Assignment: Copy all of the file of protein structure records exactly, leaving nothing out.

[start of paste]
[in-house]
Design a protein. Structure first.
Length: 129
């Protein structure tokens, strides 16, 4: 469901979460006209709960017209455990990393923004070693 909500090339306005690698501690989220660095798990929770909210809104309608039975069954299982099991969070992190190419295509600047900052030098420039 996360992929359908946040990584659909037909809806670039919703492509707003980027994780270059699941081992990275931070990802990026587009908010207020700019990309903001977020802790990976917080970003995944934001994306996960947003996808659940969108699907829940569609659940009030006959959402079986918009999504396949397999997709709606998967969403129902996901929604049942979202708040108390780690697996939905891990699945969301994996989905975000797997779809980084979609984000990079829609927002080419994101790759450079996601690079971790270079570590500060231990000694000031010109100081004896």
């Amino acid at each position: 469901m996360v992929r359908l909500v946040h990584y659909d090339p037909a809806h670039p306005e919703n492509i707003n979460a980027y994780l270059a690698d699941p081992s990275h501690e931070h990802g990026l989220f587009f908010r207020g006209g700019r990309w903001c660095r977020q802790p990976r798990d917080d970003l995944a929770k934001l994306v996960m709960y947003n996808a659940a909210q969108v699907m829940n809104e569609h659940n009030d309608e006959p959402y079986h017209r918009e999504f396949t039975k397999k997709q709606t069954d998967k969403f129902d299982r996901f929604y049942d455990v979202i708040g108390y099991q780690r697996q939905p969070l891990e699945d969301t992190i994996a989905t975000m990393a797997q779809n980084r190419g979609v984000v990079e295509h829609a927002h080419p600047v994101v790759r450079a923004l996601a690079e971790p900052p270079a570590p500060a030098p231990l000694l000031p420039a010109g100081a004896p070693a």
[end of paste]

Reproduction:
[in-house]
Design a protein. Structure first.
Length: 129
């Protein structure tokens, strides 16, 4: 469901979460006209709960017209455990990393923004070693 909500090339306005690698501690989220660095798990929770909210809104309608039975069954299982099991969070992190190419295509600047900052030098420039 996360992929359908946040990584659909037909809806670039919703492509707003980027994780270059699941081992990275931070990802990026587009908010207020700019990309903001977020802790990976917080970003995944934001994306996960947003996808659940969108699907829940569609659940009030006959959402079986918009999504396949397999997709709606998967969403129902996901929604049942979202708040108390780690697996939905891990699945969301994996989905975000797997779809980084979609984000990079829609927002080419994101790759450079996601690079971790270079570590500060231990000694000031010109100081004896």
């Amino acid at each position: 469901m996360v992929r359908l909500v946040h990584y659909d090339p037909a809806h670039p306005e919703n492509i707003n979460a980027y994780l270059a690698d699941p081992s990275h501690e931070h990802g990026l989220f587009f908010r207020g006209g700019r990309w903001c660095r977020q802790p990976r798990d917080d970003l995944a929770k934001l994306v996960m709960y947003n996808a659940a909210q969108v699907m829940n809104e569609h659940n009030d309608e006959p959402y079986h017209r918009e999504f396949t039975k397999k997709q709606t069954d998967k969403f129902d299982r996901f929604y049942d455990v979202i708040g108390y099991q780690r697996q939905p969070l891990e699945d969301t992190i994996a989905t975000m990393a797997q779809n980084r190419g979609v984000v990079e295509h829609a927002h080419p600047v994101v790759r450079a923004l996601a690079e971790p900052p270079a570590p500060a030098p231990l000694l000031p420039a010109g100081a004896p070693a």